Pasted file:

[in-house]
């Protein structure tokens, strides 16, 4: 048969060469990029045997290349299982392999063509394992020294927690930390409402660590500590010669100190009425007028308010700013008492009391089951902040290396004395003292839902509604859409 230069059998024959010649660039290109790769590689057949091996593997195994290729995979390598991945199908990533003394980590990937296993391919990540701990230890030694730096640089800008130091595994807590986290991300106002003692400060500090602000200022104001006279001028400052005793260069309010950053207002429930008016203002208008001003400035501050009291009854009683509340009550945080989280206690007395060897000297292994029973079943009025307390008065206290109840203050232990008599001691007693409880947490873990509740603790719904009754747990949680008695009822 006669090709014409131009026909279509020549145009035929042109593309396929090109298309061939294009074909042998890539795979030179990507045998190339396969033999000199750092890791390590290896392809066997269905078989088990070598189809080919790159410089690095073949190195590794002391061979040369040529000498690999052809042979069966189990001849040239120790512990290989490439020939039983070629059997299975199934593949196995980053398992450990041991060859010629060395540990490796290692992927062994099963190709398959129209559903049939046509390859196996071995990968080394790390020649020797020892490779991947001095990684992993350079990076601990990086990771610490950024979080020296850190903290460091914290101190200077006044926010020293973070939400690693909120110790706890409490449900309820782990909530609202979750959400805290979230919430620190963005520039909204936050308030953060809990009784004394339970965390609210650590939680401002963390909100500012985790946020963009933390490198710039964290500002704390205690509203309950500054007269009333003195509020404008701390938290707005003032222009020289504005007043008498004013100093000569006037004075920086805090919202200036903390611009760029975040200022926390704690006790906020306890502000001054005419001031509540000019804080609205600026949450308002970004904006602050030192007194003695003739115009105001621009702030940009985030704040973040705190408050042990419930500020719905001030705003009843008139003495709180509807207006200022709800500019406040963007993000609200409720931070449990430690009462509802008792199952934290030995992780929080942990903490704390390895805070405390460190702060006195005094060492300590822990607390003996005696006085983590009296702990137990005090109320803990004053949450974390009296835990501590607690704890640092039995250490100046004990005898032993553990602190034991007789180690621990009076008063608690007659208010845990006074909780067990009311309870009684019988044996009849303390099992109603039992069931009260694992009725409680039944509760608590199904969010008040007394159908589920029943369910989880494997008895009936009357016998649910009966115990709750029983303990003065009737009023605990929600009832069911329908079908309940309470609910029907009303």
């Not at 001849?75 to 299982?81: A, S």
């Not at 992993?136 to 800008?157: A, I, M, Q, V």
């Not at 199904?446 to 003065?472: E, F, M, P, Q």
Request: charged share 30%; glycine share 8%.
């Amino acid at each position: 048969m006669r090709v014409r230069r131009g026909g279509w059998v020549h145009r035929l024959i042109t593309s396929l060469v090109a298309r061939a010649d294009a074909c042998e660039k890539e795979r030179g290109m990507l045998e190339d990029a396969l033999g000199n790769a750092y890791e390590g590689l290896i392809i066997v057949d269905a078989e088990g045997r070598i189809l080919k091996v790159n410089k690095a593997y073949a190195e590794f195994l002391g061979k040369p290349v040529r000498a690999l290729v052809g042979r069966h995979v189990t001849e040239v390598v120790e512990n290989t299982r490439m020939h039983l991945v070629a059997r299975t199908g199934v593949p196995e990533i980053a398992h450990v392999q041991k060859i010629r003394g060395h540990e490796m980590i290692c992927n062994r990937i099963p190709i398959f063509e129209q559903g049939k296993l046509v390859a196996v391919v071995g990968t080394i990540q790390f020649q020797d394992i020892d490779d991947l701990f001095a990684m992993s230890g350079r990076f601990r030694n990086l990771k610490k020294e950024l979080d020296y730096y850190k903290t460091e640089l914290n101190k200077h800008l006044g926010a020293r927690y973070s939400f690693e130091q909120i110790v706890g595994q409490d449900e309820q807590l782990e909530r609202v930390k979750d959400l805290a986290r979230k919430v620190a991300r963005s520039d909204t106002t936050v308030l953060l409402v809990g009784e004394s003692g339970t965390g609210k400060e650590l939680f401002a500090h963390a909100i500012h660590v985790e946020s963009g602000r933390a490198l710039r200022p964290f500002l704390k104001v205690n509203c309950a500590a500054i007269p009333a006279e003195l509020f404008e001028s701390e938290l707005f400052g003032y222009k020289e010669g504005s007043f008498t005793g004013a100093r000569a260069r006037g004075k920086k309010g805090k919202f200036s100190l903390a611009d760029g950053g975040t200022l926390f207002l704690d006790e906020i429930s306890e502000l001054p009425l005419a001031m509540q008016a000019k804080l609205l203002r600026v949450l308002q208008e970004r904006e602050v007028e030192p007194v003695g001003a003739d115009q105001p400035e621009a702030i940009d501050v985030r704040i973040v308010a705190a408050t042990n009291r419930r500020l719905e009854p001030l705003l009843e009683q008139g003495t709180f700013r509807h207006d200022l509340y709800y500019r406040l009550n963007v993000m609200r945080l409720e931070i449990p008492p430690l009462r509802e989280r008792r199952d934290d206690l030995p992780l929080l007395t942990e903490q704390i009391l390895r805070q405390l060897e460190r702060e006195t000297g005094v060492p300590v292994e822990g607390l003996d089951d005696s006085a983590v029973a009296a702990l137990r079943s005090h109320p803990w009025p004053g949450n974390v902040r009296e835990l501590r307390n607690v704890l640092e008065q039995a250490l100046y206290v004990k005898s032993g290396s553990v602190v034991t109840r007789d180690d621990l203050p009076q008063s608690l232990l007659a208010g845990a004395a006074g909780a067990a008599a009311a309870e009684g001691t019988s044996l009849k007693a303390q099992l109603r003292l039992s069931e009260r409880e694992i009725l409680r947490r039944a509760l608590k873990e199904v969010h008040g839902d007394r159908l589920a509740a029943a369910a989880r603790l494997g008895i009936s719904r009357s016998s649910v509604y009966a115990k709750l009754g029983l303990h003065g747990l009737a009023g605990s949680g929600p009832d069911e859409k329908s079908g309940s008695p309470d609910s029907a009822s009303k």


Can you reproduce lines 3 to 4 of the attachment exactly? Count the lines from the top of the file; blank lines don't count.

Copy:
């Not at 001849?75 to 299982?81: A, S």
């Not at 992993?136 to 800008?157: A, I, M, Q, V």